And after all, it’s the combined impact that matters to the prey species. So the top quality evidence that does exist (Salisbury Plain, Otterburn) shows how controlling a suite of predators benefits native wild gamebirds and waders. And it’s not surprising that we don’t have one of these massive experiments for every separate predator species and every prey species.
That’s a problem with knowledge. The better you know something, the less widely it applies. You put a heap of research effort into one set of circumstances, but it gives a poor basis for generalising. So high-grade experimental evidence should be accompanied by work that’s more widely representative (e.g. of different places, or gamekeepers, or years, or prey species) but can’t be done so thoroughly. Thus, we know from experiments that a predator control package including corvid control can turn local decline into local increase for both gamebirds and other ground-nesting birds.
We know from survey work on a broader scale that all these birds are more abundant on upland estates with predator control, amounting to a nationally significant effect. We also know there are circumstances where lethal predator control is less effective. This can be because culled predators are rapidly replaced through immigration, or because culling effort was inadequate, or because there wasn’t a predation problem in the first place.
To satisfy Wild Justice, there must be clear evidence that a particular predator species has caused the decline of a particular prey species. I think we can say, with confidence, that’s never going to happen, at least not with unarguable, high-grade evidence. By definition, a decline is only evident with hindsight, and you can’t do experiments with history. The best we can hope for are suggestive correlations, perhaps boosted with intensive field studies of declining species and computer models simulating alternative histories. That would get us to roughly where we were with grey partridges in 1985 after decades of work by the Game Conservancy Trust and its forerunners.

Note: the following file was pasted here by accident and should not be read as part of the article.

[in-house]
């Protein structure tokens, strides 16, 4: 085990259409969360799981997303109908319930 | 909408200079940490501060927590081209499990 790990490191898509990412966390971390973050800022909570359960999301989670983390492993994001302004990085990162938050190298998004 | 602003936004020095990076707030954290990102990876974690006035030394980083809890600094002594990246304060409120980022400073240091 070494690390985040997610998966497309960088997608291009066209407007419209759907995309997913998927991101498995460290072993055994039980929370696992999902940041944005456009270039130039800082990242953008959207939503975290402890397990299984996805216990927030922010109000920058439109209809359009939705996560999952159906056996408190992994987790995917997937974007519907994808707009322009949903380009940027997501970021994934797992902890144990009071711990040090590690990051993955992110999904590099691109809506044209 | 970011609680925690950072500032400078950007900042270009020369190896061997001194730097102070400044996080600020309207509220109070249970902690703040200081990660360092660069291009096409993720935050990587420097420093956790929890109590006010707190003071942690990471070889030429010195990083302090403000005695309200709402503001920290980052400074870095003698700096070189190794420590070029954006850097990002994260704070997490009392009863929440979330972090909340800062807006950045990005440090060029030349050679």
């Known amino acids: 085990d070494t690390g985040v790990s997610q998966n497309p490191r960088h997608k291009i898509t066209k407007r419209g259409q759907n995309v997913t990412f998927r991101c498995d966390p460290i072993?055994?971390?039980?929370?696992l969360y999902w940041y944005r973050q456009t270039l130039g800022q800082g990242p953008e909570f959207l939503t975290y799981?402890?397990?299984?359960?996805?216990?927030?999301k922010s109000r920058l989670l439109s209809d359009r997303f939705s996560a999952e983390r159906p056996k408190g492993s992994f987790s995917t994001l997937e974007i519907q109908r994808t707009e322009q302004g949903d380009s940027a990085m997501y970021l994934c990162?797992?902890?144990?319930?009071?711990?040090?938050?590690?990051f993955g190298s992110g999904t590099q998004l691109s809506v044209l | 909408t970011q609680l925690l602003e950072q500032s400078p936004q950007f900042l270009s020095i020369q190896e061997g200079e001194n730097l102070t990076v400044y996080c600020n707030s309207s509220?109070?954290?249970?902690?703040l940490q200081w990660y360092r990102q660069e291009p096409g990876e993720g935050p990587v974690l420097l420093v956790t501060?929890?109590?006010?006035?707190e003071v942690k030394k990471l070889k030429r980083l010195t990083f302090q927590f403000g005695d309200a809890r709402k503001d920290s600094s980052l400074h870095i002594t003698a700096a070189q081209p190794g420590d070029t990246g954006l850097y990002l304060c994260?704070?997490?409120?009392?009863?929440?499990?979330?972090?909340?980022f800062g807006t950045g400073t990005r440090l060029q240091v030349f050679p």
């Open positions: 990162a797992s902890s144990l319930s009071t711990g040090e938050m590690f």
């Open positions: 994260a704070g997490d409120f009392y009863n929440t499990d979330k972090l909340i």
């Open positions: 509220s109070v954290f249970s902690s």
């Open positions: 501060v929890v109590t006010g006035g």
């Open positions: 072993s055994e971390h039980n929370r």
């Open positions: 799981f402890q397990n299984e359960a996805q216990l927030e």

But in reality, there are always multiple factors involved in a species decline, and you can’t say that any one of them is the cause. Predation may often contribute to prey declines but is unlikely ever to be the sole cause. What we do know is that predator control is often transformative as a remedial measure. There are many examples where habitats have been lovingly restored but the response of the target species is underwhelming.
You worry that some unconsidered element of the habitat is missing. But add effective predator control and suddenly productivity booms. So clearly, at that late stage of decline (at least), predation is holding things back, and predator control is a way of getting them going again. If the motivation for doing that is hunting, so be it: that helps deliver conservation results across large swathes of land that are working landscapes rather than nature reserves.
I have spent my career as a scientist teasing out the complex interactions of man, predator and prey. I know how hard-won any evidence is, and how good it must be to carry the day. Wild Justice know this too. They are exactly the people who will test evidence to its limits before accepting it. Their suggestions of the starting evidence needed for General Licences sound philosophically principled, but they are flying a kite way up into the blue sky of unrealism. I hope Defra realises this.